The Goldsmiths’ Company in collaboration with the British Museum and the Rothschild Foundation are delighted to present an international conference celebrating the Royal Clock Salt. One of the Company’s greatest treasures, the Salt has been on loan to the British Museum since February 2018 and is on display in the Waddesdon Bequest Gallery.
The aim of the conference is to shed light on the object’s history, its attribution and the modifications it has undergone. It follows scientific research conducted by the British Museum.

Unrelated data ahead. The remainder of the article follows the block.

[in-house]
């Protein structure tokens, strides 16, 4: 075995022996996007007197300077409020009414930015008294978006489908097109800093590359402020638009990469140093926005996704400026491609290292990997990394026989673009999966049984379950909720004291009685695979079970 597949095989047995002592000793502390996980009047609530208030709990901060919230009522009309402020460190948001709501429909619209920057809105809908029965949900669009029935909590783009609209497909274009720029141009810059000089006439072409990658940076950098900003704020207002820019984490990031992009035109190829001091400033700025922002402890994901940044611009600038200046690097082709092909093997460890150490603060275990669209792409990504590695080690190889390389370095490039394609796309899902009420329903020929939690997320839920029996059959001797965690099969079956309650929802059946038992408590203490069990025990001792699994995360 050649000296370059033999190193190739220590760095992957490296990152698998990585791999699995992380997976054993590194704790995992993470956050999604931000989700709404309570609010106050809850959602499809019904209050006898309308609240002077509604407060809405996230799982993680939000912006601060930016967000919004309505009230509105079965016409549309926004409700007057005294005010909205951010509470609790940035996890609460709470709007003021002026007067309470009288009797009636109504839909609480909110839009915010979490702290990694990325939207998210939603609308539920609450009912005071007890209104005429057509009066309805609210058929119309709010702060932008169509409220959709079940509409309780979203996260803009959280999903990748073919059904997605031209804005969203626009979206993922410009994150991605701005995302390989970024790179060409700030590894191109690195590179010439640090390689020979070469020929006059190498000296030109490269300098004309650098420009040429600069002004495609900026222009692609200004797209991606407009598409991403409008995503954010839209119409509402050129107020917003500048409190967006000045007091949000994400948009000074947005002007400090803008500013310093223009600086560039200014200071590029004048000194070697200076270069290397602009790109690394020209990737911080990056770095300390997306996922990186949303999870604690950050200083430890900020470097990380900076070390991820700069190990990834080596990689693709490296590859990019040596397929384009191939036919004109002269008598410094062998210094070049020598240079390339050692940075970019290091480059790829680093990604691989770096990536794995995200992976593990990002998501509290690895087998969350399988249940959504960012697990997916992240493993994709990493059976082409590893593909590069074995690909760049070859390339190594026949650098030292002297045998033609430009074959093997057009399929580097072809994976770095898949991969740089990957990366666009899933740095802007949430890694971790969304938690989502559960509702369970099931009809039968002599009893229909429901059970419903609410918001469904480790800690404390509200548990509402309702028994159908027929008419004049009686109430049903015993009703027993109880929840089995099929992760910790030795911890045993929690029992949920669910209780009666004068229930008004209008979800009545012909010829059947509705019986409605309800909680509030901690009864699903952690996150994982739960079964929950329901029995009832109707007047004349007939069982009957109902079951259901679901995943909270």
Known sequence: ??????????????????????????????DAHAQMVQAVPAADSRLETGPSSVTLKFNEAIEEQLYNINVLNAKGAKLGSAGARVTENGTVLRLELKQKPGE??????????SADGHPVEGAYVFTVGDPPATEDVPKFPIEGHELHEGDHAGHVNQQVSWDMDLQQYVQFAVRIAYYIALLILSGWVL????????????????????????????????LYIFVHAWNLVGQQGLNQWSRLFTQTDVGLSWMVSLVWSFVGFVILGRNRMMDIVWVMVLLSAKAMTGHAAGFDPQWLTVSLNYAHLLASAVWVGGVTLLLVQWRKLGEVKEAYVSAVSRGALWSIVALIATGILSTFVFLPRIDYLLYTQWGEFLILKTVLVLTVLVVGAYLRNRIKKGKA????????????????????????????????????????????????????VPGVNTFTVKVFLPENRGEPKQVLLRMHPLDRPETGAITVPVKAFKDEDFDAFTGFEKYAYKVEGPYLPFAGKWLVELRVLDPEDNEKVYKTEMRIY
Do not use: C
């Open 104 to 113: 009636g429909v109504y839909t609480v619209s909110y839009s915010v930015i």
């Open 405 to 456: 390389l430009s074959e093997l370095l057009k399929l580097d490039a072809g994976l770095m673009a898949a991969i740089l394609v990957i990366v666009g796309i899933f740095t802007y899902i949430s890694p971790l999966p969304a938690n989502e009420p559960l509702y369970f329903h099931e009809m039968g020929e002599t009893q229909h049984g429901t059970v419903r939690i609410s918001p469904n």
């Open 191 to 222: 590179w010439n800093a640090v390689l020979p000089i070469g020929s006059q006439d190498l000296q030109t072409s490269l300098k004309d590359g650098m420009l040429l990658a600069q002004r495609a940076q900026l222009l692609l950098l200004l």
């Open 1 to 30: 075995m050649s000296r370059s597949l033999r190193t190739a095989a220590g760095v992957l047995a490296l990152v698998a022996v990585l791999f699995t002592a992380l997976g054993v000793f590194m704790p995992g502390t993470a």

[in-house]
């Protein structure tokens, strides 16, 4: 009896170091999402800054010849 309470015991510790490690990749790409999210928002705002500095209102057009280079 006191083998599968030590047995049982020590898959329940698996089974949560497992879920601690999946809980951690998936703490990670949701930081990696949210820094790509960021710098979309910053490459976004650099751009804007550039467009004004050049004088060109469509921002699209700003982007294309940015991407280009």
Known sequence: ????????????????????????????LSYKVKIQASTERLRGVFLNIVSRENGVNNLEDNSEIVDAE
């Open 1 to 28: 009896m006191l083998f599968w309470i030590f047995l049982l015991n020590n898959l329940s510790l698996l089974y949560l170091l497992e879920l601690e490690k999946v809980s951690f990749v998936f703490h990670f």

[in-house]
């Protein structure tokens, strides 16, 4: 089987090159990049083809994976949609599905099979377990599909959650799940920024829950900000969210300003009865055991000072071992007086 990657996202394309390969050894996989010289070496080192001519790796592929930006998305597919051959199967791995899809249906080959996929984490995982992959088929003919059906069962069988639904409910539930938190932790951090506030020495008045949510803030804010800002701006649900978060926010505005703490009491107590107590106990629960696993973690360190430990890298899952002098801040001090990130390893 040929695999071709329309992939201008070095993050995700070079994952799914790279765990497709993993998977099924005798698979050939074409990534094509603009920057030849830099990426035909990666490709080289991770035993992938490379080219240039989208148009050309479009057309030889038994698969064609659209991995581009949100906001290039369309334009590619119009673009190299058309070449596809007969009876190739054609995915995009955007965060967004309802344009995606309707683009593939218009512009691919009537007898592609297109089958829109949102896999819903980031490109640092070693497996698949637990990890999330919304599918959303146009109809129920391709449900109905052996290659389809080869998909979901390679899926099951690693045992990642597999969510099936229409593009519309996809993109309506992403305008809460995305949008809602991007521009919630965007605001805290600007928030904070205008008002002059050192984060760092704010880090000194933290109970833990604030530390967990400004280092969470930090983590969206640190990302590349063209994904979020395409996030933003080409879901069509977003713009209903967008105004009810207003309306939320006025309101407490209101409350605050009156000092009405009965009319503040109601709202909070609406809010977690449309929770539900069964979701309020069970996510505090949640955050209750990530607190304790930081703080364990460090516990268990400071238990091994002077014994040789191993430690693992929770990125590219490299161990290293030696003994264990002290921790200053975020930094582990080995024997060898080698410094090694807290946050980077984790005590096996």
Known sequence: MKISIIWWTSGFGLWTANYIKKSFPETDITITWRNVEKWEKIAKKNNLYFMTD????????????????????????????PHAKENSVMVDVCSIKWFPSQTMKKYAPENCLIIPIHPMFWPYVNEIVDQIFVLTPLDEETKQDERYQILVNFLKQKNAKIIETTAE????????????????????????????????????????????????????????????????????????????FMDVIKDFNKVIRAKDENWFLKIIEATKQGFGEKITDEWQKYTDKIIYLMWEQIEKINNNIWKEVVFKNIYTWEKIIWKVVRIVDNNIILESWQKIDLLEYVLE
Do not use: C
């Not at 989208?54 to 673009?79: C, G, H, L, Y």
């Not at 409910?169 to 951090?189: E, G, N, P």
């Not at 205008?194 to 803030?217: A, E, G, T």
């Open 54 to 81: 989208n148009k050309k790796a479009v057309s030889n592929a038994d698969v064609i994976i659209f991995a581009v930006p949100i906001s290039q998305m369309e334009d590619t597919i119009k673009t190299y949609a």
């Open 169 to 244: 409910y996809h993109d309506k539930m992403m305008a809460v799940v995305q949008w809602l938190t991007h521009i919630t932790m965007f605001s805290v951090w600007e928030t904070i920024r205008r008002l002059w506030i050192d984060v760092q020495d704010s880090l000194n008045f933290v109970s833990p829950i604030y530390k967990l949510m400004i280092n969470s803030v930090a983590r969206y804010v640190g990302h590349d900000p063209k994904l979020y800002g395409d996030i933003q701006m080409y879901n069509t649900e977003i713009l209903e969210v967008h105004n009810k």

The Clock Salt was probably a diplomatic gift from Francis I of France to Henry VIII of England, or between two of their courtiers. It was made in Paris around 1530-35 and is attributed to the royal goldsmith, Pierre Mangot. As a display piece, it functioned both as a table clock and a salt cellar. Of the eleven clock salts listed in Henry’s collection after his death, only this one survives. It reappears in inventories until it was sold from the Royal Collection after the Civil War in 1649. It is one of only four known surviving pieces from the several thousand items of goldsmiths’ work that once belonged to Henry VIII; another is the fifteenth-century French Royal Gold Cup in the British Museum.